Writing More, Learning More
An Interview with Author Rachel Stein

by Janet Moore

Rachel Stein and Janet Moore talk about revision.

To launch a new feature for The Great Smokies Review, the editorial team invited short story author Rachel Stein to revise a piece that first appeared in the fall 2015 issue. Some writers might recoil at the prospect, but Rachel, a long-time member of the Great Smokies Writing community, accepted unblinkingly. In fact, she told us she was already at work at revision on this story. Special Features Editor Janet Moore talked with Rachel to learn more.

Janet Moore: Thank you for being our first “Writing Redux” author. Not everyone would go back to work on a piece that was already published. What inspired you to revisit “Sheep” six years later?

Rachel Stein: I actually wrote the story at least 20 years ago. Later, I began writing additional stories about this female character, Naomi, a young woman whose values in life are shaped by the social issues and movements of the 1960s and 1970s. The more I worked on the collection and got to know Naomi and the other characters (I learned who they were by writing about them), the clearer her consciousness and history became. So, as I learned, I revised stories I’d written previously, including “Sheep,” to strengthen their accuracy, as well to polish my craft.

JM: What were the most significant changes you made?

RS: In the previous version of this story, Naomi and Tim are two counter culture kids drifting through the Vietnam War era. In the latest version, the War plays a much bigger role. Tim is a conscientious objector, and they’ve made major decisions based on that, including getting married. But when the War ends, their lives begin to diverge. Once I realized how pivotal the War was to their backstory, I rewrote those sections, then pared down the story to the essential details. I tend to over-write while I’m developing material, so I relied on two questions to guide my changes and cuts. The first was over-arching: What rings true for these characters? And at the line level: Do I need this sentence to build their story?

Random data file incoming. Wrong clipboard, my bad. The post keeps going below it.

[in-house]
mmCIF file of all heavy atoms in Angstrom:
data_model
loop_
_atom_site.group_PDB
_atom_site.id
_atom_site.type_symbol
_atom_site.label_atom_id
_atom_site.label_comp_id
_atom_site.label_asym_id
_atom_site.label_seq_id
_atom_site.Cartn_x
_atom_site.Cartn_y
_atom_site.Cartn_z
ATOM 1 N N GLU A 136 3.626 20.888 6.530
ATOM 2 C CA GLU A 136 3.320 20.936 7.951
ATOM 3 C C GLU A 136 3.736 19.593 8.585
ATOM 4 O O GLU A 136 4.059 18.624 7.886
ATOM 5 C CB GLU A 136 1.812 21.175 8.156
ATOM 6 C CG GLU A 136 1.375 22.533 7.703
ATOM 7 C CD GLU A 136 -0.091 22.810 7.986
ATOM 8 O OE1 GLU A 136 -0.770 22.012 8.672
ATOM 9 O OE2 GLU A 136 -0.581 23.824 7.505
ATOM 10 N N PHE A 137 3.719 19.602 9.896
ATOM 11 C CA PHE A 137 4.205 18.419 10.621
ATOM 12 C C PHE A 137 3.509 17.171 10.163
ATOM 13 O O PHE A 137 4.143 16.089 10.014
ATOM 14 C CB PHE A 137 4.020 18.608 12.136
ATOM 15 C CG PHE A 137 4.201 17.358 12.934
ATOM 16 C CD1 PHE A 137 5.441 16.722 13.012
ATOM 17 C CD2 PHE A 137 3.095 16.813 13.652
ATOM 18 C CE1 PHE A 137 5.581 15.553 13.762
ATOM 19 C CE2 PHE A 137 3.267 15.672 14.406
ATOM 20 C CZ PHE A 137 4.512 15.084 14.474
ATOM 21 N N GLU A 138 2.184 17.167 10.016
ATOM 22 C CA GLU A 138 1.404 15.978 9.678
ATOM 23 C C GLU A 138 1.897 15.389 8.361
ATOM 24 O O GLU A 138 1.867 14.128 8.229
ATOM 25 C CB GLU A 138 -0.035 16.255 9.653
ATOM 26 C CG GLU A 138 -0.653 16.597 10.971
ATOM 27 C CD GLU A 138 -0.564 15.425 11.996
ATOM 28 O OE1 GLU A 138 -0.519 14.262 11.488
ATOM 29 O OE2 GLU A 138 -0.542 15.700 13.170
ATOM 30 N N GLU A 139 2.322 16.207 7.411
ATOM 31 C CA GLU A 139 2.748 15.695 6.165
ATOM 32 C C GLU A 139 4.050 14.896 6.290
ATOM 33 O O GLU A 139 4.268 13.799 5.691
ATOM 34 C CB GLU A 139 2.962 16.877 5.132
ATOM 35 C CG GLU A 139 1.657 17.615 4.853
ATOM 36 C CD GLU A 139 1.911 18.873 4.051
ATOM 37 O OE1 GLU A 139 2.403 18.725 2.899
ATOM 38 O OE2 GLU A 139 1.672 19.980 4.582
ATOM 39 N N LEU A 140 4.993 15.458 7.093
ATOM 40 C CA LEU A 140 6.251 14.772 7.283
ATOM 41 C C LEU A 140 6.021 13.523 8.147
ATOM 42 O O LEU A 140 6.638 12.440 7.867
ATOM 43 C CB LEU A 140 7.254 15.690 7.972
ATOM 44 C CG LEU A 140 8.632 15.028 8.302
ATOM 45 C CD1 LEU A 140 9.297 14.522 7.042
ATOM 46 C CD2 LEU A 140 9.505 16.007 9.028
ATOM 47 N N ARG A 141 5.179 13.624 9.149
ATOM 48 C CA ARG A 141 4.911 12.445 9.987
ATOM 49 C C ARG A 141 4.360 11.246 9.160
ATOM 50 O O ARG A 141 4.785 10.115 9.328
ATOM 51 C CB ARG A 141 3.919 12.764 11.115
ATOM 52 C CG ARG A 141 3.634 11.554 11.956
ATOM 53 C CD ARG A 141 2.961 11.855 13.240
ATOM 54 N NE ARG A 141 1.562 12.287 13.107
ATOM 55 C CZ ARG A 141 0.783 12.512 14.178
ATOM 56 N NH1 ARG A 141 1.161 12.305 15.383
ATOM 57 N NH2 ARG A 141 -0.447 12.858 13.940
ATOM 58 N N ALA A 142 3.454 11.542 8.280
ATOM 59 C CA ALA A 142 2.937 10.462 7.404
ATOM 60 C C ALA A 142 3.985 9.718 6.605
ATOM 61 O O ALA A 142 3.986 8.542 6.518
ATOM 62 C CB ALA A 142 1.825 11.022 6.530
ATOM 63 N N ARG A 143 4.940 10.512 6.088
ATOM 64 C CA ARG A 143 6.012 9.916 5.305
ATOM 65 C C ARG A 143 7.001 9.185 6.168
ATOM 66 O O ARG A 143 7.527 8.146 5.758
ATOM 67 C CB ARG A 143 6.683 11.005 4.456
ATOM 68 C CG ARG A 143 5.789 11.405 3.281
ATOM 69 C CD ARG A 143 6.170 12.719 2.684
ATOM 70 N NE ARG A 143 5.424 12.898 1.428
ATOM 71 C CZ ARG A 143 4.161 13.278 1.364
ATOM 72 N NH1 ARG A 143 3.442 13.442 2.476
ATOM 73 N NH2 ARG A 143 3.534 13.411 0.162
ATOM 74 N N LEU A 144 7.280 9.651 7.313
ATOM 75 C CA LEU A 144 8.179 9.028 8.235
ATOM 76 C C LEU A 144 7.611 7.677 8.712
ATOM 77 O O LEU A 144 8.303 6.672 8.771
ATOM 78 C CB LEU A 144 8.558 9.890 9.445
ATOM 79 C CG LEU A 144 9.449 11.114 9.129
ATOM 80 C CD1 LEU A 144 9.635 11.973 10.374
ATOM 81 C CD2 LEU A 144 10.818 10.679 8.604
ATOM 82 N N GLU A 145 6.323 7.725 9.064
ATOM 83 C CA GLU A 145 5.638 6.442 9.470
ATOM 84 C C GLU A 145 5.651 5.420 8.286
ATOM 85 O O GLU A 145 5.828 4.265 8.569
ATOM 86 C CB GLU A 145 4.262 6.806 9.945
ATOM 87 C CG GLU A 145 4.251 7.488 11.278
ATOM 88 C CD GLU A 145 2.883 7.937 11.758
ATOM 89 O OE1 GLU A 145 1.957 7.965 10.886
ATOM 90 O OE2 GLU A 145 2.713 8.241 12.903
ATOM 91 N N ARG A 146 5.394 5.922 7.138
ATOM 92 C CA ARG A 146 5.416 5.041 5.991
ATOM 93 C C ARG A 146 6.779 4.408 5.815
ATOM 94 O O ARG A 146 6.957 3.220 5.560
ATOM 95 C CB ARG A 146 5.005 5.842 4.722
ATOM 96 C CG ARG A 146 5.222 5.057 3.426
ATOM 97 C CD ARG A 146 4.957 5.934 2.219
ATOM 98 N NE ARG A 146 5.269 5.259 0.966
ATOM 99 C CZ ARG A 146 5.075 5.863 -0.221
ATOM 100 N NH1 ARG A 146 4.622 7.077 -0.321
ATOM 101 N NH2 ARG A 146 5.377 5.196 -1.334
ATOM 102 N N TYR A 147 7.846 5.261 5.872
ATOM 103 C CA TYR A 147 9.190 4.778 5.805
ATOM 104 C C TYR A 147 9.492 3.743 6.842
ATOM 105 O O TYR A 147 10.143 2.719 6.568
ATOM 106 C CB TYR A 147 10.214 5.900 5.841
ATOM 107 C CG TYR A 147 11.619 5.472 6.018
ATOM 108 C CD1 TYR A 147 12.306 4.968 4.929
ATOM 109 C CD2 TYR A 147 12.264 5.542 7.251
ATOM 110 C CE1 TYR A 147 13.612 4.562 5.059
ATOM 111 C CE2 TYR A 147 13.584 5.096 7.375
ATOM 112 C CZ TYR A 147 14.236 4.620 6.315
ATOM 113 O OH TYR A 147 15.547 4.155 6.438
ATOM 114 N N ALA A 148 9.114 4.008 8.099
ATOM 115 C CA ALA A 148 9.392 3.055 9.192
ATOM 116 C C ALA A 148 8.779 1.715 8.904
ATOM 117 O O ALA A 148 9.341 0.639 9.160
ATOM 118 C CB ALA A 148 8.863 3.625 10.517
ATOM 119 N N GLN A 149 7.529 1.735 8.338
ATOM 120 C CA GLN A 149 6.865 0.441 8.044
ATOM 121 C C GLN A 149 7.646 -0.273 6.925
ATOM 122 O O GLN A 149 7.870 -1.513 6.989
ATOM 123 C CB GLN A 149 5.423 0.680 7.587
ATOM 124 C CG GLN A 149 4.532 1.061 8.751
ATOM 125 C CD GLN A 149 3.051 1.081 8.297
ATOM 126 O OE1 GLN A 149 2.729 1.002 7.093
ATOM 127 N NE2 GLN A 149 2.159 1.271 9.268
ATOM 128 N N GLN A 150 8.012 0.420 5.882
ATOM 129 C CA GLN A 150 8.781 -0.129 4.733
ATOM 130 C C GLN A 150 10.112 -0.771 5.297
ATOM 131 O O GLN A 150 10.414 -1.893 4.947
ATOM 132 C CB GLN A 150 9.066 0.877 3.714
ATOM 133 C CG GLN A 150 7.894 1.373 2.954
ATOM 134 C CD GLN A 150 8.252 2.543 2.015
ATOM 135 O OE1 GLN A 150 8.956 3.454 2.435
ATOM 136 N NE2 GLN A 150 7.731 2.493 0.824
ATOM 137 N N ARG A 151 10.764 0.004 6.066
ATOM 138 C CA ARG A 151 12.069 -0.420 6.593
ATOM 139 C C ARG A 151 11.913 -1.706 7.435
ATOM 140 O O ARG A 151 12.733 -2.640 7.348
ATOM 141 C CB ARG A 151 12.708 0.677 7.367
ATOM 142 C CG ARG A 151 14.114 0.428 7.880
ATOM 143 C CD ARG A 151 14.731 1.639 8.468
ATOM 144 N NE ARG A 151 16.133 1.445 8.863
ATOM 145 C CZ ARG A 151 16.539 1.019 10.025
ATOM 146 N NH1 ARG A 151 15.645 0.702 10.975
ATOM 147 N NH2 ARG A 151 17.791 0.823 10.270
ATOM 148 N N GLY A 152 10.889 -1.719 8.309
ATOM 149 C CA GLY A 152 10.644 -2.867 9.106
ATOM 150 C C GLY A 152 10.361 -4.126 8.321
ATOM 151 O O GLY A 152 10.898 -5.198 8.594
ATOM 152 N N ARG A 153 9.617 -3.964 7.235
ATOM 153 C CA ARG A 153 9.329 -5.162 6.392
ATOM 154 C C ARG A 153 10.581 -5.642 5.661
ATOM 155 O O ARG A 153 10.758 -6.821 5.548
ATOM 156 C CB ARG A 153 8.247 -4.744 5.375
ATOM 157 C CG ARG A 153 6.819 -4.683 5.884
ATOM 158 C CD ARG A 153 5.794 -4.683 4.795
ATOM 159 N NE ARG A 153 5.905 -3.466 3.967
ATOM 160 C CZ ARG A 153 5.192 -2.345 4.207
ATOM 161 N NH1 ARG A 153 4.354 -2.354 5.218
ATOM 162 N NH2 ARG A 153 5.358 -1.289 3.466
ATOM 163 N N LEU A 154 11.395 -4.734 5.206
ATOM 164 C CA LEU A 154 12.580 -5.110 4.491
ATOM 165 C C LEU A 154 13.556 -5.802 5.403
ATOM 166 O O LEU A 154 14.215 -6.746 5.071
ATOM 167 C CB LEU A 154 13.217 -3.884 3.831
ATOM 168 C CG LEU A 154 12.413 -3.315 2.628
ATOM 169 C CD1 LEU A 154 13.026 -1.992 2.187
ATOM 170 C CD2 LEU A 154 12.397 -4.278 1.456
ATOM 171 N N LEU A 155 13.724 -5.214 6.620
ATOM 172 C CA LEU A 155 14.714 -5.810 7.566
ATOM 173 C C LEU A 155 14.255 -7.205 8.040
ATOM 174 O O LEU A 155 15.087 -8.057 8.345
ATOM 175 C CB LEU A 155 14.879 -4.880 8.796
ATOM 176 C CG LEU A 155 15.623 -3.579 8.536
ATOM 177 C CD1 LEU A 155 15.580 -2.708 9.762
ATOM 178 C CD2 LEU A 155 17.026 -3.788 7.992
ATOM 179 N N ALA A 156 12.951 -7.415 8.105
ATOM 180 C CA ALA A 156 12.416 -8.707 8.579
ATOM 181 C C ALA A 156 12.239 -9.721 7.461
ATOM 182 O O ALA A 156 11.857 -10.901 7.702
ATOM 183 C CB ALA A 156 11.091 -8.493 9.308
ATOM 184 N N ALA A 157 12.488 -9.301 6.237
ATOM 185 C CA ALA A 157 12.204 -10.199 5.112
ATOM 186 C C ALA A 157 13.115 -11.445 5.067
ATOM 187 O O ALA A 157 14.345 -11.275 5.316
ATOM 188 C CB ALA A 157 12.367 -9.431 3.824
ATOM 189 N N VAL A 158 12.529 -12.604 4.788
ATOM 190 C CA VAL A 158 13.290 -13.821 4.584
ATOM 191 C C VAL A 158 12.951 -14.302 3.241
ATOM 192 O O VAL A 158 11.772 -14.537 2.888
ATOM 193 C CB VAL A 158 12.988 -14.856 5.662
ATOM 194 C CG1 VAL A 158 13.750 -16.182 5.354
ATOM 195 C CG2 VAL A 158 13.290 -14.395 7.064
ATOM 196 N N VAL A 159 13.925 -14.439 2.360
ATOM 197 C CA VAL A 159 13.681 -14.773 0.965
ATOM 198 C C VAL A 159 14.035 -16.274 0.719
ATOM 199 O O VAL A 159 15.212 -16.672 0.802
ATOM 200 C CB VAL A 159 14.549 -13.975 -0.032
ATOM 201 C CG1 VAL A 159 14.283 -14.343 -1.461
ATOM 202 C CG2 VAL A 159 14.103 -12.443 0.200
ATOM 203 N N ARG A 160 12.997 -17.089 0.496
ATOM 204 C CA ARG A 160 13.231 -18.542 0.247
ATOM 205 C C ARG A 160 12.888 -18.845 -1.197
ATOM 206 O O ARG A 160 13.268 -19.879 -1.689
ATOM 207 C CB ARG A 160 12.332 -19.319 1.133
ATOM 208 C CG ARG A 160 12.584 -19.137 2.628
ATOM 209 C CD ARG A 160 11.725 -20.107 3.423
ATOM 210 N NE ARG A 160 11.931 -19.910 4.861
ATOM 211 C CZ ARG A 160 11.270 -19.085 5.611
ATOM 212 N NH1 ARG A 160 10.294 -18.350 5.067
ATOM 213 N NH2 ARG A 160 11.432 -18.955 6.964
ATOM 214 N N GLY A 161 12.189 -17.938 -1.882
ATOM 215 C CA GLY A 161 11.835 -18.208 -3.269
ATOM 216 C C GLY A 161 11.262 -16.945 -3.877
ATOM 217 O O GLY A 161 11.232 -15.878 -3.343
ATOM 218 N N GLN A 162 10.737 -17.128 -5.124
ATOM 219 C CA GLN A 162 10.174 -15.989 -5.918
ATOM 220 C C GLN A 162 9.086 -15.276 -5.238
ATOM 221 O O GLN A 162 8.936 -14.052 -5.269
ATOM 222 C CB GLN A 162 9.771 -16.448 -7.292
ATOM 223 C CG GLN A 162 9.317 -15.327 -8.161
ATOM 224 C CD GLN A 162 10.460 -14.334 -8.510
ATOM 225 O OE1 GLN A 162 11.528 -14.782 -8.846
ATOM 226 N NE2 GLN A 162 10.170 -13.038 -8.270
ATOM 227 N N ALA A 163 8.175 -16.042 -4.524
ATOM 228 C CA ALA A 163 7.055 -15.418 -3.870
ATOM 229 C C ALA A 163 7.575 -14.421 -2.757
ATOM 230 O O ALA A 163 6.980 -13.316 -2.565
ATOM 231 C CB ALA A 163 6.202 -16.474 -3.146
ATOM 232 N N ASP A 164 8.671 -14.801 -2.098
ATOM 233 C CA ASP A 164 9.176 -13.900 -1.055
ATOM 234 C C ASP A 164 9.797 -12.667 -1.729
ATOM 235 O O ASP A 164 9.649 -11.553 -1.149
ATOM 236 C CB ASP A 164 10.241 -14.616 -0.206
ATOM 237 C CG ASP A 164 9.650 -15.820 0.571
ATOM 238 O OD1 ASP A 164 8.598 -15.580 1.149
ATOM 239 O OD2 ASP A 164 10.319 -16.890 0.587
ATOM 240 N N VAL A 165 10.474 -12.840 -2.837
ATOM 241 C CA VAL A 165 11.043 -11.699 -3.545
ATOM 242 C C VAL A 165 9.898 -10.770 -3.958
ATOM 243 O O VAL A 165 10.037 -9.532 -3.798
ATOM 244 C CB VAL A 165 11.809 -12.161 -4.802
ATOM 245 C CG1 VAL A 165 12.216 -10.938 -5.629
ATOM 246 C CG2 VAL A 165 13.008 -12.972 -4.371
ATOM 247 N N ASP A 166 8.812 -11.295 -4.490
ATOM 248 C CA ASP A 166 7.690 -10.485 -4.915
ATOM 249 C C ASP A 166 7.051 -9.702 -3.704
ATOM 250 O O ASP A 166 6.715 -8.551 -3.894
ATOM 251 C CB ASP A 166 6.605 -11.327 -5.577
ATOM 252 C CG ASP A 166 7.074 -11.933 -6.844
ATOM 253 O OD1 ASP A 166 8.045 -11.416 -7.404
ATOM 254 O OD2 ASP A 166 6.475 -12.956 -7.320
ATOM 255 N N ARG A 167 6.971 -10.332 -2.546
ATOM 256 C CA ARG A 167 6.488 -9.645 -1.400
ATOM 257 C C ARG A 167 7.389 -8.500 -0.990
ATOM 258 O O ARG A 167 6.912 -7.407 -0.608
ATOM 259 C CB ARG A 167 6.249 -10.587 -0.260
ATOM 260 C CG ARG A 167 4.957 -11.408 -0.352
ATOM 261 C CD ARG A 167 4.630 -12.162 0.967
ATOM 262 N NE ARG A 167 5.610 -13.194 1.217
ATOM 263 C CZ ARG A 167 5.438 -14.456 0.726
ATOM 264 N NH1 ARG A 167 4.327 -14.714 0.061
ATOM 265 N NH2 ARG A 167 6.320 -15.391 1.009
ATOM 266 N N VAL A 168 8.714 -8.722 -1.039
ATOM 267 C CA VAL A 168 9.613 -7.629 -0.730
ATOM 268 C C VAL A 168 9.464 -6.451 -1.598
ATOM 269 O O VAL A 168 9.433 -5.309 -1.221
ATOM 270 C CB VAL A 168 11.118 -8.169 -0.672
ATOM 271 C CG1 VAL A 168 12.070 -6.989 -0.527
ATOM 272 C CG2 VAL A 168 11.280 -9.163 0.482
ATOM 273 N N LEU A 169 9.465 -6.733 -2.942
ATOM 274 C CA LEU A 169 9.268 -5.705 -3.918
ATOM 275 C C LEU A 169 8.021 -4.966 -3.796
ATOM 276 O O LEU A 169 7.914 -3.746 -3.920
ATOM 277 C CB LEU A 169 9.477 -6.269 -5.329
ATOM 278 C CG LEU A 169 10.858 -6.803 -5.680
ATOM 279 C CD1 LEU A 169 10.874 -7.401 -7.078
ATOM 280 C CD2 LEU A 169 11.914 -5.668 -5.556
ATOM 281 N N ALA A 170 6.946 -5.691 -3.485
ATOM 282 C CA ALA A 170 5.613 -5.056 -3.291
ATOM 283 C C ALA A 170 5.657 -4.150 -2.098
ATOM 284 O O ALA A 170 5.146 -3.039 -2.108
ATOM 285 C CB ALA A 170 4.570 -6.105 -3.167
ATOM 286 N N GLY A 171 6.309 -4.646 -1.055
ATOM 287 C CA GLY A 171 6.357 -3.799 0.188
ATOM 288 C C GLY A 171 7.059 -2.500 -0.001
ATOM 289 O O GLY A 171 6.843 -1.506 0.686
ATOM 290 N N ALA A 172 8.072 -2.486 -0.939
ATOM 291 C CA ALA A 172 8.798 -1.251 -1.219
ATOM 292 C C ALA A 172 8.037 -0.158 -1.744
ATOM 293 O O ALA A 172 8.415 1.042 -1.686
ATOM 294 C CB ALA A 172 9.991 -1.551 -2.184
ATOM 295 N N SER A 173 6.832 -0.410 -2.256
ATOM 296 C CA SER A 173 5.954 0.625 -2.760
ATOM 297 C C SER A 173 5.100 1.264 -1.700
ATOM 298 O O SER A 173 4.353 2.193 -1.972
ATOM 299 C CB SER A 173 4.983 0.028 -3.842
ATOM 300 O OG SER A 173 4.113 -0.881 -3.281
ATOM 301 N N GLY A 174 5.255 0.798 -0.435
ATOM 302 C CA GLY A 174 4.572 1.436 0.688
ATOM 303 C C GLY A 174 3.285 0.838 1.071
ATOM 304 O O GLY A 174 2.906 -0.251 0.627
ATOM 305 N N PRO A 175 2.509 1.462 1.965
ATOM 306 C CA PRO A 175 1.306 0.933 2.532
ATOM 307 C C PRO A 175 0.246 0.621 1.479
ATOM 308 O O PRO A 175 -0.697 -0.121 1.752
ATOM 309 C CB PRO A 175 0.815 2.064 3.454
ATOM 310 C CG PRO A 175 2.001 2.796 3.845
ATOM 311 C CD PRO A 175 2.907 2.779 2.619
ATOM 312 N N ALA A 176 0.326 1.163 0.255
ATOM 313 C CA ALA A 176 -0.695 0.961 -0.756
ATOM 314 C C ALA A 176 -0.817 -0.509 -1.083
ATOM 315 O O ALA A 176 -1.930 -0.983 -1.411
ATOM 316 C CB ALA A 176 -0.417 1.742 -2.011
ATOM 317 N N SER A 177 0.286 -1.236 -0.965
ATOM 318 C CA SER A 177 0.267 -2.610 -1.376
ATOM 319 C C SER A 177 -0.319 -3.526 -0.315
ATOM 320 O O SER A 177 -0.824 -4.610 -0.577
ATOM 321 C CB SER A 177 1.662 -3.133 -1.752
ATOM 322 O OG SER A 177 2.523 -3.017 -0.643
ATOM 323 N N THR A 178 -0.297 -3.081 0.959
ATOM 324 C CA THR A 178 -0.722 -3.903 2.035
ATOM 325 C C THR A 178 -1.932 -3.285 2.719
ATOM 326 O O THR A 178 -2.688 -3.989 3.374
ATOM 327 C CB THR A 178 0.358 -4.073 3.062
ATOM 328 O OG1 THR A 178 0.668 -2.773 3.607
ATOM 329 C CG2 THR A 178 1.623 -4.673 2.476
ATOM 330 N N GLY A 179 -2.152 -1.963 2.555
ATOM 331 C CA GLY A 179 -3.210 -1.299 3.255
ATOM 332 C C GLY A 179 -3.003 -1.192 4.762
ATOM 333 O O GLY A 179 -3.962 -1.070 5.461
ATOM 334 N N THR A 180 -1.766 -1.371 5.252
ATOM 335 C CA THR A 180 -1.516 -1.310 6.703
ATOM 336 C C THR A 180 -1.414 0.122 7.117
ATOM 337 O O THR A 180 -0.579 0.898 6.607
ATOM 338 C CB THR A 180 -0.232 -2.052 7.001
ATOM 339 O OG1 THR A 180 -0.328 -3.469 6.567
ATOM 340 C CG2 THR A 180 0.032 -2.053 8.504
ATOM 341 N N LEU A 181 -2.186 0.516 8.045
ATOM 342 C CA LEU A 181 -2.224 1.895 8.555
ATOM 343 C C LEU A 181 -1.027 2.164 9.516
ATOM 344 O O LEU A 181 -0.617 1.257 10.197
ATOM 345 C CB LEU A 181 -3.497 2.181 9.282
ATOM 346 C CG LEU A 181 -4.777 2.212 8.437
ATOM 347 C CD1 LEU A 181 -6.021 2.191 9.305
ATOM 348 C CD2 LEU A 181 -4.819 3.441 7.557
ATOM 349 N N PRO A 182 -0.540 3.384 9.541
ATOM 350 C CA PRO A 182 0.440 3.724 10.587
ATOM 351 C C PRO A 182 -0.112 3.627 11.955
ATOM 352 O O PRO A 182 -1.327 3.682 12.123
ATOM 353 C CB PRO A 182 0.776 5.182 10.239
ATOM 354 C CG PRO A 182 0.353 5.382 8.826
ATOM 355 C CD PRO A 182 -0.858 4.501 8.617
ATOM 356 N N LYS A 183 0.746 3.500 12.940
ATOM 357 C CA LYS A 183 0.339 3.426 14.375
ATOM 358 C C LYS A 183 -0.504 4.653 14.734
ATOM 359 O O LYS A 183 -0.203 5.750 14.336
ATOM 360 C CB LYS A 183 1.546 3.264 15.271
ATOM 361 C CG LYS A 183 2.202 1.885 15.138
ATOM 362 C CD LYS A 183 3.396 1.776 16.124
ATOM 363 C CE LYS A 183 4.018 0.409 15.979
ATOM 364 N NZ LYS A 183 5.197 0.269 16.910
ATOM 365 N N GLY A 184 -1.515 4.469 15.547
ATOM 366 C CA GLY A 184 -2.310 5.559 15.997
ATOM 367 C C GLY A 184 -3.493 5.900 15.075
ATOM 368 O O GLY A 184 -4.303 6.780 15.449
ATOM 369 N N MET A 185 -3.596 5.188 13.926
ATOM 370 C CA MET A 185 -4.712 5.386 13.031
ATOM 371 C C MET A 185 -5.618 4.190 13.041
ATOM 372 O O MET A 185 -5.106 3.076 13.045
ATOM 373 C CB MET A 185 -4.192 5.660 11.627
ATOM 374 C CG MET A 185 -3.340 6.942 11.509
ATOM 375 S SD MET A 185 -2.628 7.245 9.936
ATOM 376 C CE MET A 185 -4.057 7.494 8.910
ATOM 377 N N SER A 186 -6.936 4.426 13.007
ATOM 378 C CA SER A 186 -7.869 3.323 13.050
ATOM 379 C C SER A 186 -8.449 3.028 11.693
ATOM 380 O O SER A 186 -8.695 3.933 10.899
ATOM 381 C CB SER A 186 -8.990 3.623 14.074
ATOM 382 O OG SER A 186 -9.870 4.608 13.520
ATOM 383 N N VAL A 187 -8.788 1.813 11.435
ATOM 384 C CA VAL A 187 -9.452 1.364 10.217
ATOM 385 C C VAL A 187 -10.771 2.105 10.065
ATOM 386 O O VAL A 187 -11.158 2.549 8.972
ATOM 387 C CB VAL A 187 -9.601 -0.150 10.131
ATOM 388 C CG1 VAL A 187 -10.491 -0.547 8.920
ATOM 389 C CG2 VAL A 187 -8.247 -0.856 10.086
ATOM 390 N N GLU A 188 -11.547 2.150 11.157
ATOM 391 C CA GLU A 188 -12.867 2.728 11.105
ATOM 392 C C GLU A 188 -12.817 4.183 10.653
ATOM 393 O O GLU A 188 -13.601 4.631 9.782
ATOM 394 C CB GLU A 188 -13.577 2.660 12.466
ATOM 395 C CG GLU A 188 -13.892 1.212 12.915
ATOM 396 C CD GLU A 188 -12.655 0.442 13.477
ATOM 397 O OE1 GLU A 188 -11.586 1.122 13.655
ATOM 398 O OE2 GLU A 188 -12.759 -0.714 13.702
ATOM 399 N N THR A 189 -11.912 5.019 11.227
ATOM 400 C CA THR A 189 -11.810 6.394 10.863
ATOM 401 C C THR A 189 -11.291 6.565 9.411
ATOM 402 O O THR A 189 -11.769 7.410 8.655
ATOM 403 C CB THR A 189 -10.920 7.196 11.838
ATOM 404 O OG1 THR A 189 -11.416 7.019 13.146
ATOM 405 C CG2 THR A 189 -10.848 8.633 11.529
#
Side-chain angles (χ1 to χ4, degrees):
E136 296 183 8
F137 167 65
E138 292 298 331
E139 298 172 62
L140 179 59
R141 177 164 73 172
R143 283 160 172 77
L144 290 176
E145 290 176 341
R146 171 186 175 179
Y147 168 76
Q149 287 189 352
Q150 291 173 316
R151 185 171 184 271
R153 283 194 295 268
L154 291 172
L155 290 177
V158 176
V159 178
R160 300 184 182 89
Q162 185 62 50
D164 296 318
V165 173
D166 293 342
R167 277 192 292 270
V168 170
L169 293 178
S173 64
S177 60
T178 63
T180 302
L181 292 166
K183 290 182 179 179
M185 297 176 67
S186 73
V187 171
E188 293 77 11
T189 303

JM: How have you changed as a writer over the past six years?

RS: I know a great deal more about the craft of writing, thanks to the many Great Smokies classes that I’ve taken. As a result, I’m much more aware of plot, characterization, point of view, dialogue, and pacing in my own work and the work of others. All of that is key to my revision process. In the end, craft awareness makes me a better writer and a much better workshop participant. Workshopping has been invaluable to me in creating these linked stories. There’s nothing like hearing from intelligent readers what works and what doesn’t. And being in a community of writers encourages me to do this solitary work.

JM: In addition to the reading you do for classes, what books do you keep on the proverbial bedside table?

RS: I am rereading Alice Munro’s story collection, Runaway, slowly savoring Postcolonial Love Poem by Natalie Diaz, and entering the eerie world of Rivers Solomon’s Sorrowland.

JM: This will be a difficult question for a prolific reader, but here goes: Is there a single work of fiction you can name as a favorite?

RS: I’ve told everyone I know to read Maggie O'Farrell's Hamnet, a fictionalized story of the death of Shakespeare’s son. Because it took me deep inside several members of the family, I was able to approach the death of Hamnet with the immediacy of their perceptions and memories. I was awed by the liveliness of the characters and their world. Thinking back to older favorites, the devastating beauty of Toni Morrison's Beloved continues to stun me. Her gorgeous stream-of- consciousness narration embodies historical trauma lodged inside the characters…ghosts springing to life.

JM: What are you working on now?

RS: Writing another Naomi story. In this one, Naomi’s marriage to Tim is over, and she’s finding out who she is on her own. She’s a graduate student living in a house with two other women in her program. Their friendship prompts Naomi’s exploration of what it means to be a young woman during the 1970s second-wave feminist movement. One of the students is German; Naomi is Jewish. They are confronted with a history that neither of them played a part in, but one that could separate them. The other woman is a fervent feminist, getting a degree in women’s history. In their company, Naomi will learn a lot about being female in this particular time. How all of this becomes a story is unclear to me at this point. Stay tuned.

JM: With pleasure!

To read Rachel Stein’s revised story, “Sheep, 1976,” click here.